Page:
Historic New Year

Fayes T Kantawala made the effort

Historic New Year
My New Year’s Eve was spent like every other new year’s eve: trying to have a good time by forcing yourself into situations that on any other night of the year you would find horrifying. Still, I am ever grateful for the kindness of people who choose to open up their homes on the 31st of December to friends and strangers so that, at the very least, there is a sense of ceremony about the ordeal. It’s very generous. There was no official countdown at the party I attended, with the result that there were small fits and bursts of “Happy New Year!” for a good fifteen as people checked cell-phones and watches mid-swig. Luckily, New Year’s Eve ends at midnight by definition, and so it can be an early night by Lahore standards.

We should talk about the fact that the 1st of Janurary 2018 fell on a Monday this year. The occurrence made a dark, powerful part of my OCD soul curl its toes in relish and relief. The neatness of a bright, shiny, minty-fresh beginning to the year (and week) made all the New Year New Me declarations only slightly less repulsive and even I found myself in the mood for renewal. My resolutions (made hastily when people kept asking me about them the night before) were to be kinder (haha) and more adventurous. It was to fulfill both these promises that I said yes to an excursion to Lahore’s Fort on New Year’s Day.

I am ever surprised by the number of people I meet who have grown up in Lahore but never went to the fort, or to Jahangir’s Tomb, or indeed the old city. It’s a real shame and part of me wishes the nun from Game of Thrones would follow these people around with a bell as penance for their myopia. I went to the fort a lot when I was a child and make an effort to do so at least once a year. Last year circumstances prevented me from going, so it was with some surprise that I found the area around the Badshahi mosque and fort completely and utterly changed. Whereas earlier you would park and walk up a small road, now there is a giant landscaped pedestrian public park with lakes, trees and benches. Sadly, there are also those terrifying giant peacocks that the Lahore government insists on installing everywhere – which look like something out of Jurassic Park intent on hunting you, to be honest.

People I was with occasionally bemoaned the new construction around the historic site, and while it is true that the Orange Line – essentially a futile exercise in vanity — is actually quite awful on many levels, the changes to the area around the fort are not. They make the site more accessible and the experience quite pleasant. Moreover, they add a very real enhancement to the idea of the whole area as a truly public space. Even inside the actual fort there are quite a few changes that I hadn’t seen before. In the Diwaan-e-Aam, there are actors dressed in period costumes, smiling patiently as people take pictures with them with screaming babies. In another corner is a small selection of stalls where you can buy Mughal costume jewelry or other souvenirs, and in yet another is a small photography studio in a niche where one pays to wear costumes oneself and have a picture taken looking like a royal. The additions of public engagement turn what was once a static building into a living relic and I think it’s absolutely wonderful. The gardens were surprisingly manicured and the interior rooms surprisingly clean.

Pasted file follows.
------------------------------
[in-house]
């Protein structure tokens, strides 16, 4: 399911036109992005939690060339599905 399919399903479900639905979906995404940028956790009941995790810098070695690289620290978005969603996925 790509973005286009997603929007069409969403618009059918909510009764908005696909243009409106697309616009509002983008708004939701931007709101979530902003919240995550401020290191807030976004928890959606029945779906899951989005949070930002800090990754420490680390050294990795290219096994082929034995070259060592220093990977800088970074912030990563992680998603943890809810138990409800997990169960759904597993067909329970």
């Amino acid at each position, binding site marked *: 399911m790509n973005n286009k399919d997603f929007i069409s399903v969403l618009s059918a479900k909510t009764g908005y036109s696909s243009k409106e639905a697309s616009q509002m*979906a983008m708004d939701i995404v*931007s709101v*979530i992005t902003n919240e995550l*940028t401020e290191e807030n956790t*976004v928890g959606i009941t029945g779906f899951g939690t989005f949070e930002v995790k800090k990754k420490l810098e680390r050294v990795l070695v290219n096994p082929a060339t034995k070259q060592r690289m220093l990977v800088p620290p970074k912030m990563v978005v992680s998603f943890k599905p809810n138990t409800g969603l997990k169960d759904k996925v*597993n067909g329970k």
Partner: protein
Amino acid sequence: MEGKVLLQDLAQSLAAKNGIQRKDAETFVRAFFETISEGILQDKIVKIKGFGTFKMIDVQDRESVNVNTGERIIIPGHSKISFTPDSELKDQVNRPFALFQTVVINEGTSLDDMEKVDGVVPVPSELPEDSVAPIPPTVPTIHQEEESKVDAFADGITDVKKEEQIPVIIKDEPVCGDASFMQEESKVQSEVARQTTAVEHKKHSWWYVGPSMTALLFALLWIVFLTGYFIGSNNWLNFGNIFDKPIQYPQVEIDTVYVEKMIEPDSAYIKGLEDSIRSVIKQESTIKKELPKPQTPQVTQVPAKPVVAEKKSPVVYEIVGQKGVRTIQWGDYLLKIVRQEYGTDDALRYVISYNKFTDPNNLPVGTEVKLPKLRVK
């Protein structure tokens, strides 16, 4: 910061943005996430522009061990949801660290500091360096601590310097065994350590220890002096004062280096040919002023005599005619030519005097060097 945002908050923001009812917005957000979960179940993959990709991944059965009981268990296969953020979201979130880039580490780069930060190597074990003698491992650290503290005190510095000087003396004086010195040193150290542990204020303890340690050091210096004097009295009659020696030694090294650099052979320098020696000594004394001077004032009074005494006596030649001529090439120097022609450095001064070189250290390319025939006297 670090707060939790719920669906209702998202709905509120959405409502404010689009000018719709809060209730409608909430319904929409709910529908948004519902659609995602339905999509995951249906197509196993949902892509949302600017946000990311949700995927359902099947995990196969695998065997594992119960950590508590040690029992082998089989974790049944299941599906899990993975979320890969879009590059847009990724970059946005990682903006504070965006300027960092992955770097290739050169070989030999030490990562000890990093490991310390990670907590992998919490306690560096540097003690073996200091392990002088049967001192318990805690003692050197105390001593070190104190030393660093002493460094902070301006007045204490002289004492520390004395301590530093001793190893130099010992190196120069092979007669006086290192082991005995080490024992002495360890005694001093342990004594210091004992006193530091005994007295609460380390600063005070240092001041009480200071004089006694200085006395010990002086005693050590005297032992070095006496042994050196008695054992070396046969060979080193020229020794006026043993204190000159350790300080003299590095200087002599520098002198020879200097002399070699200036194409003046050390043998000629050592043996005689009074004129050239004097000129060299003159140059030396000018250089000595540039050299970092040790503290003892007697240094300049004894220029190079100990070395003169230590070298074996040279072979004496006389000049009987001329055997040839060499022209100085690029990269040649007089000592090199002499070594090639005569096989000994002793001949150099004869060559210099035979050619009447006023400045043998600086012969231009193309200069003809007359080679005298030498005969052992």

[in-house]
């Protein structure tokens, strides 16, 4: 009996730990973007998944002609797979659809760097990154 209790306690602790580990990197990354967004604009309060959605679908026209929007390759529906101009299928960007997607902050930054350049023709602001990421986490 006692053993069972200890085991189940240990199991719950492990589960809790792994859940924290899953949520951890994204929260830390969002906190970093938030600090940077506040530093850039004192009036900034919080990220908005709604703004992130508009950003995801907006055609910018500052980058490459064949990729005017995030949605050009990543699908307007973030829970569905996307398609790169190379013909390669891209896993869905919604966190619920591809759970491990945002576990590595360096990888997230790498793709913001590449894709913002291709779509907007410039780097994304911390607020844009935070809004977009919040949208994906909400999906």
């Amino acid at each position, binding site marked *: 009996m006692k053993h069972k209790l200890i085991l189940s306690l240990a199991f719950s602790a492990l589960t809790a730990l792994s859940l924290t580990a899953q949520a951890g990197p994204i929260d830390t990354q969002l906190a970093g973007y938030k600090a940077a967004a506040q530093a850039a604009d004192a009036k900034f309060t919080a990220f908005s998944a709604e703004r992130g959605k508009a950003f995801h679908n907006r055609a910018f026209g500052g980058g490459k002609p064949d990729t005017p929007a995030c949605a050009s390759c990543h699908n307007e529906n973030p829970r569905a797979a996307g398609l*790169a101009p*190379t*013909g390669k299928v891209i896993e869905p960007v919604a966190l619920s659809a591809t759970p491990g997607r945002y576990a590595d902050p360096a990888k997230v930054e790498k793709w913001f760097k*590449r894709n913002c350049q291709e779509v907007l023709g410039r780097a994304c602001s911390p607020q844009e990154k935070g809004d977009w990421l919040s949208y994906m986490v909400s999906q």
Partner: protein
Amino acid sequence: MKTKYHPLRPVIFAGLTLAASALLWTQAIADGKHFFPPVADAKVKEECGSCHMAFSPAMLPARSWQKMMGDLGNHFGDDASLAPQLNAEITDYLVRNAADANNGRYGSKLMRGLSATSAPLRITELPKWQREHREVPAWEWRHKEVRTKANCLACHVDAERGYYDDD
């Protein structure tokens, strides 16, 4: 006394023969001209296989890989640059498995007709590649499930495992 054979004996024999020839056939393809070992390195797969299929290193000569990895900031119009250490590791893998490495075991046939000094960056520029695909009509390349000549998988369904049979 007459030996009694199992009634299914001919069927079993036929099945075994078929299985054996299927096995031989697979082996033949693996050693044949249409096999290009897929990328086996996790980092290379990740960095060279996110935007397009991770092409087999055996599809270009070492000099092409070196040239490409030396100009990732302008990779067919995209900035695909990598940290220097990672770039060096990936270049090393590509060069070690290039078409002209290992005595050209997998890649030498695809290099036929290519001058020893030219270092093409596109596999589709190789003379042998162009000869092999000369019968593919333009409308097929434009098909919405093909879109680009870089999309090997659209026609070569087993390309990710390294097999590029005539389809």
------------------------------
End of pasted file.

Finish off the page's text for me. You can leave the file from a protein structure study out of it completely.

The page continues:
Lahoris mark the New Year

Part of me wishes the nun from Game of Thrones would follow these people around with a bell as penance for their myopia

Sadly, some of the best bits of the place are off limits. The Sheesh Mahal (hall of mirrors) is now inaccessible, unless you are a VIP or bring some police muscle with you. The Sikh museum is also entirely closed to the public and even when we talked our way in, the gallery didn’t have a light. It’s a pity, because some of the best paintings that the State of Pakistan owns are in that gallery: fine portraits, beautiful marble busts and a giant history painting of the court of Ranjit Singh are only some of the things that few will get to see. If you do make it over, I suggest you try and talk your way in as well – it’s worth the effort.

Every time I go back, the beauty of Mughal monuments hits me like I’d never seen them before. You never really get used to seeing the trio of the Badshahi Mosque’s domes against the light or indeed any of the other spectacular views that various vantage points in the old fort offer you. Going there makes me happy to call Lahore a home. And I think going through our history on New Year’s Day made me slightly more optimistic about the future. So yes, repulsive as the sentiment may be, it is true: New Year, New Me.

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